A unified implementation of parametric proportional hazards (PH) and accelerated failure time (AFT) models for right-censored or interval-censored and left-truncated data is described in a separate paper. It gives the mathematical background, but the user guide is this vignette.

# 1 The proportional hazards model

The parametric proportional hazards (PH) model has the same characteristics as Cox’s proportional hazards model, with the exception that the baseline hazard function in the parametric case is explicitly estimated together with regression coefficients (if any). If two hazard functions $$h_0$$ and $$h_1$$ have the property that $$$h_1(t) = \psi h_0(t), \quad \text{for all t > 0 and some \psi > 0},$$$ we say that they are proportional. This property is inherited by the cumulative hazards functions:

$$$H_1(t) = \psi H_0(t), \quad \text{for all t > 0 and some \psi > 0},$$$ but the relation between the corresponding survivor functions becomes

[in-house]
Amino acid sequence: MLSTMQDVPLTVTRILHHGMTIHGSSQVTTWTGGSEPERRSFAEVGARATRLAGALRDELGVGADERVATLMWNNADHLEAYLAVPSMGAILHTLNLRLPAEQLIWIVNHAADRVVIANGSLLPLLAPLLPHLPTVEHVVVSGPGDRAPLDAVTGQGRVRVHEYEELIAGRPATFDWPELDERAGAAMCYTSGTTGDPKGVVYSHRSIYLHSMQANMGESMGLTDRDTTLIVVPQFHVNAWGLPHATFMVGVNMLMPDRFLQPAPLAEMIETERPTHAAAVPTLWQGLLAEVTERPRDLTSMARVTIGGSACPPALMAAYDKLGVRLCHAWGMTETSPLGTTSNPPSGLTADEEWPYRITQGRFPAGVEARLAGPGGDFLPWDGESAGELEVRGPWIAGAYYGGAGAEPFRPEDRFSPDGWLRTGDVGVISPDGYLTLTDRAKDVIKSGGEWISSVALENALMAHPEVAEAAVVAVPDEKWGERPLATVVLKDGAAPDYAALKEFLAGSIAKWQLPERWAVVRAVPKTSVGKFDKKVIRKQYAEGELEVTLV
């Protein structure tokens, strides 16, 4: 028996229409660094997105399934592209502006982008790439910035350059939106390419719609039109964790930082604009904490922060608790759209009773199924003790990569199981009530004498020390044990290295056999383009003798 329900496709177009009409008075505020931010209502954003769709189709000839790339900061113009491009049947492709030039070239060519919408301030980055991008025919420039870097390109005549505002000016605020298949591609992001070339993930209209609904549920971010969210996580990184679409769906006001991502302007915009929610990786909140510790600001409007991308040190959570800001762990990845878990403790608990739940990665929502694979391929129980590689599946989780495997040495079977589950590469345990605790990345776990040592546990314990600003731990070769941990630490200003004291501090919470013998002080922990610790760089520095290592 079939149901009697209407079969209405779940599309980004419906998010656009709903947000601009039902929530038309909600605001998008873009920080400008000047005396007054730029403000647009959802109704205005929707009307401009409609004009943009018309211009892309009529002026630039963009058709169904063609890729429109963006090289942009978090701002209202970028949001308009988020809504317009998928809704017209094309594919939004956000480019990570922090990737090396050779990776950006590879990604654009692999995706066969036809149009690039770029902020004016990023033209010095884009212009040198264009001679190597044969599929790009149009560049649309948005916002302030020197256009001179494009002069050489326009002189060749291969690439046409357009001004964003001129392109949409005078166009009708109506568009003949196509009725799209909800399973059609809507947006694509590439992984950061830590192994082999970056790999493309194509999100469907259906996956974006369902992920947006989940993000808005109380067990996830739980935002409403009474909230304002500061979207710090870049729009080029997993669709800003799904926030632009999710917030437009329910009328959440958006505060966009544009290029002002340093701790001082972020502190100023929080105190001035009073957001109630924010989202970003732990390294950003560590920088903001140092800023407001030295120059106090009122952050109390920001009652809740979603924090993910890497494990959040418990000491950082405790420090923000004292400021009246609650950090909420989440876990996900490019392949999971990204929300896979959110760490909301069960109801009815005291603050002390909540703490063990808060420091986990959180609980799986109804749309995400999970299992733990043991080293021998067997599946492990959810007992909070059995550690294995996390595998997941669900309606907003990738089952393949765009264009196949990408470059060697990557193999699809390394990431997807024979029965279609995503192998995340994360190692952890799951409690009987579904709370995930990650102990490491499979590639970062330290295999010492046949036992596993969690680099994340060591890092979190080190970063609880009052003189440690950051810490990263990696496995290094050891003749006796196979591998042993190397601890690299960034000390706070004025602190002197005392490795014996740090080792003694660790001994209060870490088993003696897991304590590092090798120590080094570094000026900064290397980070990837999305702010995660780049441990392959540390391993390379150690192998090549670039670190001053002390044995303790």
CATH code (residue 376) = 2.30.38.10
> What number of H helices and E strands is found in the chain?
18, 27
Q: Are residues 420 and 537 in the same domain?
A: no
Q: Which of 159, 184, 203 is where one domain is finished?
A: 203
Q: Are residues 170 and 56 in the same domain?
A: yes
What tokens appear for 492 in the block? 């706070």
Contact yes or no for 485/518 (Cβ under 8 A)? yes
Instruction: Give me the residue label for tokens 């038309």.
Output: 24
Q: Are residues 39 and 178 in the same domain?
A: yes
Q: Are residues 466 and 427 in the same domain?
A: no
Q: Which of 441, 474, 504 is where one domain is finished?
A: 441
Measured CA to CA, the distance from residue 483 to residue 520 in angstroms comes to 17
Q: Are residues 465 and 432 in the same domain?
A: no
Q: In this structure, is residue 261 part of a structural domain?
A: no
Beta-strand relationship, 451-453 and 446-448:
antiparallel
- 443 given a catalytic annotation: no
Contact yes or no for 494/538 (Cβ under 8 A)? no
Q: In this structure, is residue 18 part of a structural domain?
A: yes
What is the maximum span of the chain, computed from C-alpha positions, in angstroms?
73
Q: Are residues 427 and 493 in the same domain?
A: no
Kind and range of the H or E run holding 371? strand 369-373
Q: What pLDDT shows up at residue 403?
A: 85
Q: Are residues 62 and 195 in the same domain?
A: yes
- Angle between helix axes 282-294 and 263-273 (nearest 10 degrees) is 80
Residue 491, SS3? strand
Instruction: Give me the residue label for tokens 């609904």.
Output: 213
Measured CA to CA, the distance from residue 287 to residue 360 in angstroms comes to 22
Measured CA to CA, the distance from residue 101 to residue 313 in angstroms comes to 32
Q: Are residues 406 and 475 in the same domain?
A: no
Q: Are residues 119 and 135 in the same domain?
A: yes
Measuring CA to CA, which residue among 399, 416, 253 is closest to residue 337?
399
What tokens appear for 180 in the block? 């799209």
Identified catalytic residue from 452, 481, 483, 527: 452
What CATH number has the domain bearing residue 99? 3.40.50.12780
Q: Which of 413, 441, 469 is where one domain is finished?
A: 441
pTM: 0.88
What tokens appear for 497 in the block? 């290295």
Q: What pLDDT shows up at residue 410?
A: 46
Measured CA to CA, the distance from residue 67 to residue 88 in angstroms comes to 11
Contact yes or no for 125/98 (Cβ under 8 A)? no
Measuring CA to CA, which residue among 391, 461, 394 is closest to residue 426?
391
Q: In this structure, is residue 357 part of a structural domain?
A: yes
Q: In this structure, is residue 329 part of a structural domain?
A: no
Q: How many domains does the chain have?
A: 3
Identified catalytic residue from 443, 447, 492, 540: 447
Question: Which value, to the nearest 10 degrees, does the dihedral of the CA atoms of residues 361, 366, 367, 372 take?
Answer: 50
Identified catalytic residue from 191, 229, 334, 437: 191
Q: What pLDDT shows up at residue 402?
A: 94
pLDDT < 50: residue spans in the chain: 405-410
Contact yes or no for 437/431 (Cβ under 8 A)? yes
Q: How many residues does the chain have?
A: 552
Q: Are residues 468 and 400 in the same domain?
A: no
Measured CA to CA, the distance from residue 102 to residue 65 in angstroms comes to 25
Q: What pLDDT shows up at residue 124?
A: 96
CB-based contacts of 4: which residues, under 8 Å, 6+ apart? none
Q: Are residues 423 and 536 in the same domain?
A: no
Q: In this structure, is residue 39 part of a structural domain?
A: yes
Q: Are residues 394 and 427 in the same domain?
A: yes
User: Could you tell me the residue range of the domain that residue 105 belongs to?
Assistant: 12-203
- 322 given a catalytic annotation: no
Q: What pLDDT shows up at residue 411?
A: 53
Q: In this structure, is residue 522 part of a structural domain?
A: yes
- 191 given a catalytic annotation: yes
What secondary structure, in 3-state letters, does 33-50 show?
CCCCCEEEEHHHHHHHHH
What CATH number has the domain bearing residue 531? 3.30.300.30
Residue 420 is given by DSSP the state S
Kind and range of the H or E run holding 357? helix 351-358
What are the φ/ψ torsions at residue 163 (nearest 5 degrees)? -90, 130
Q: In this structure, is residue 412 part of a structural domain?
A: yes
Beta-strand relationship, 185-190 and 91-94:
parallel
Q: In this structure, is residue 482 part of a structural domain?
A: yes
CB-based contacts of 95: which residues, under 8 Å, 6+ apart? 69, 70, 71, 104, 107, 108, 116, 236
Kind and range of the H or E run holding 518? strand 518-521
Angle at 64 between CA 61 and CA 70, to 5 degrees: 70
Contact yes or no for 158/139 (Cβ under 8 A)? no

$$$S_1(t) = \{S_0(t)\}^\psi, \quad \text{for all t > 0 and some \psi > 0}.$$$

We assume here that $$\psi$$ is constant, not varying with $$t$$.

## 1.1 Available distributions

The parametric distribution functions that naturally can be used as the baseline distribution in the function phreg are the Weibull, Piecewise constant hazard (pch), Extreme value and the Gompertz distributions. The lognormal and loglogistic distributions are also included as possible choices and allow for hazard functions that are first increasing to a maximum and then decreasing, while the other distributions all have monotone hazard functions. However, since these families are not closed under proportional hazards without artificially adding a third, “proportionality”, parameter, they are not discussed here (regard these possibilities as experimental). It is better to combine the lognormal and the loglogistic distributions with the accelerated failure time modeling, where they naturally fit in.

See Figure 1.1 for Weibull and Gompertz hazard functions with different parameter values.

We note in passing that the fourth case, the Gompertz model with negative rate parameter, does not represent a true survival distribution, because the hazard function decreases too fast: There will be a positive probability of eternal life.

## 1.2 An example, old age mortality